Interview – We were lucky enough to meet Amedeo Pace from Blonde Redhead, just before their concert at The Trianon (Paris) in March 2017.
« There’s a Japanese girl you guys would love to play music with »
Hi Amedeo, please tell us. How did you guys met in the first place?
The three of us met thanks to a friend. We were in Italy for the summer and he said « There’s a Japanese girl you guys would love to play music with, she just moved to New York ». So we moved to New York and immediately started to play together. Well not immediately, we started to get to know each other and then I started playing music with her, just the two of us. Then I told her I had a brother, he joined us and that’s it.
Your name Blonde Redhead comes from a DNA song. Why did you chose that name ? Are the choice and it’s meaning still relevant 20 years later?
We chose it because Ardo from DNA was a very good friend. We loved this song, Blonde Redhead. Kazu actually thought about it. This name could mean several things or nothing ; but I think it is still relevant today because it’s us, even years later.
Do you still love that song ?
Yeah, I do! [laughs]
Recently, you released your new single 3 O’ Clock, which part of your next EP. How is it different from the others?
The way we did it was different. We went upstate New York, and wrote a couple of new songs. That wasn’t meant to be a new single ; it was just us playing music. We recorded it with a guy we didn’t really work with before. It came very spontaneously. We already had two songs : we thought about making two more before going on tour. We had six weeks to record them, so we just pushed ourselves to do four songs, because an EP is more important than just a single.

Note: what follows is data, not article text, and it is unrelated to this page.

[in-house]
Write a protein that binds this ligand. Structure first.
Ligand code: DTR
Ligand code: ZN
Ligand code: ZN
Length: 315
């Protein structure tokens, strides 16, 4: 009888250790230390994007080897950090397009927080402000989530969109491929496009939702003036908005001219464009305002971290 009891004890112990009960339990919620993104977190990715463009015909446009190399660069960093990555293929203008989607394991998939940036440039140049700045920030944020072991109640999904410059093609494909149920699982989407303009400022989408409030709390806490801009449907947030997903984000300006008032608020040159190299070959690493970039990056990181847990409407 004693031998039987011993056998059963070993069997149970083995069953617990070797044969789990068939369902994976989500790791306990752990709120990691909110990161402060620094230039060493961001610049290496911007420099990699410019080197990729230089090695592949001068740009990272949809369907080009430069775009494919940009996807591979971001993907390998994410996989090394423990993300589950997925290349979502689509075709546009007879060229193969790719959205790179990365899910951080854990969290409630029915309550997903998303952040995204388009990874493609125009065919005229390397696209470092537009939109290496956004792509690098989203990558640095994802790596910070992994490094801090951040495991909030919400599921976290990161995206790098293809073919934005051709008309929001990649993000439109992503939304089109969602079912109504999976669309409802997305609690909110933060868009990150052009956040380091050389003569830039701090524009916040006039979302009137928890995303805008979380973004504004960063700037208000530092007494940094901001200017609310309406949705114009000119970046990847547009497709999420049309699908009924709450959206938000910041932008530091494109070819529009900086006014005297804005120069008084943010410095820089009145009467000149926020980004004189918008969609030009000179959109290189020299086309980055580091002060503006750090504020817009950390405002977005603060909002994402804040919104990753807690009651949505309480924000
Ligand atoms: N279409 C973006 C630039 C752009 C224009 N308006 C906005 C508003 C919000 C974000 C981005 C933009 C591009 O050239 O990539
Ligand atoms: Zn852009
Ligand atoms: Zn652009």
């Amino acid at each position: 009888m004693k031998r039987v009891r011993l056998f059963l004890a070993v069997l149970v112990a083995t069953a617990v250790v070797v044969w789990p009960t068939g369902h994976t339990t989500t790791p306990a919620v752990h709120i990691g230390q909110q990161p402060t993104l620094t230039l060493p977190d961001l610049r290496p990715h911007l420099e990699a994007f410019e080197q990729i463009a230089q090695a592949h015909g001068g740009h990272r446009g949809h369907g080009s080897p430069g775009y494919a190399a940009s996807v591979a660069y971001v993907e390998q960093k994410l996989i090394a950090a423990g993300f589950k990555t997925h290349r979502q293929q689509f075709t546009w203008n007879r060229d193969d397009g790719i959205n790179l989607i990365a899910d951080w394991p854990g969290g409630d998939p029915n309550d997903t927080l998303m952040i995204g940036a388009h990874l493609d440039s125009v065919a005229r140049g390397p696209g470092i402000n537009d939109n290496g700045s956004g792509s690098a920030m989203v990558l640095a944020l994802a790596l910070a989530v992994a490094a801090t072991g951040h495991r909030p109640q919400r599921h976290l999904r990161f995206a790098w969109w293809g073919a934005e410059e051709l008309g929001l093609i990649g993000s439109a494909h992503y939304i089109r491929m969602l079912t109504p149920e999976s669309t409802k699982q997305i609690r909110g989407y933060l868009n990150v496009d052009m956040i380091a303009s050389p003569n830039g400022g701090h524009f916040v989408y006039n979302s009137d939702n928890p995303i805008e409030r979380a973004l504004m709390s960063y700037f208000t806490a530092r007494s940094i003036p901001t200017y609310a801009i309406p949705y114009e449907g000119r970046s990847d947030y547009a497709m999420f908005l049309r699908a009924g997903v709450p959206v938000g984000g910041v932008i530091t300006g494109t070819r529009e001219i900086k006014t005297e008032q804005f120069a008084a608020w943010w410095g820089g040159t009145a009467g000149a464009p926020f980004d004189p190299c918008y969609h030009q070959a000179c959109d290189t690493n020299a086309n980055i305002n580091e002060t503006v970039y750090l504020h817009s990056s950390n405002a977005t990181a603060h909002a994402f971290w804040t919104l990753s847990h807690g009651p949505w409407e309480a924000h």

« Composing music is about making mistakes »
You were often compared to Sonic Youth in the beginning. Did it have any influence on your music ?
We’ve never tried to avoid it, because we never felt like what we were doing was like their music. I liked the way they thought about music. That was very inspiring because Simone and I came from a place where nobody wrote music : they were learning, it was the beginning. From one day to the next, Kazu wanted to play the guitar, so we created an open and easy way to play guitar in our songs.
Sonic Youth helped us to see things differently.
It never annoyed me being compared to them, except when critics were only mentionning that. We never felt like “ok let’s not sound like them”. We felt very different.
What are your greatest influences now ?
There’s a lot of music that I listen (old music, soundtracks, music from Brazil…). I also listen to new bands, such as Grizzly Bear, Deerhunter… And bands that are very artistic that are not following a certain formula where you could tell that they could just go on forever making music. It’s a very interesting approach.
But when it comes to writing, it doesn’t come from a what I hear or see, but from the inside (what’s inside of me that cames out unexpectedly). It’s about making mistakes. Being in the same room as Simone helps a lot. These mistakes can become songs, or just things you hear. It can also be about places you’ve never traveled to, that you could’ve heard of two or three years before.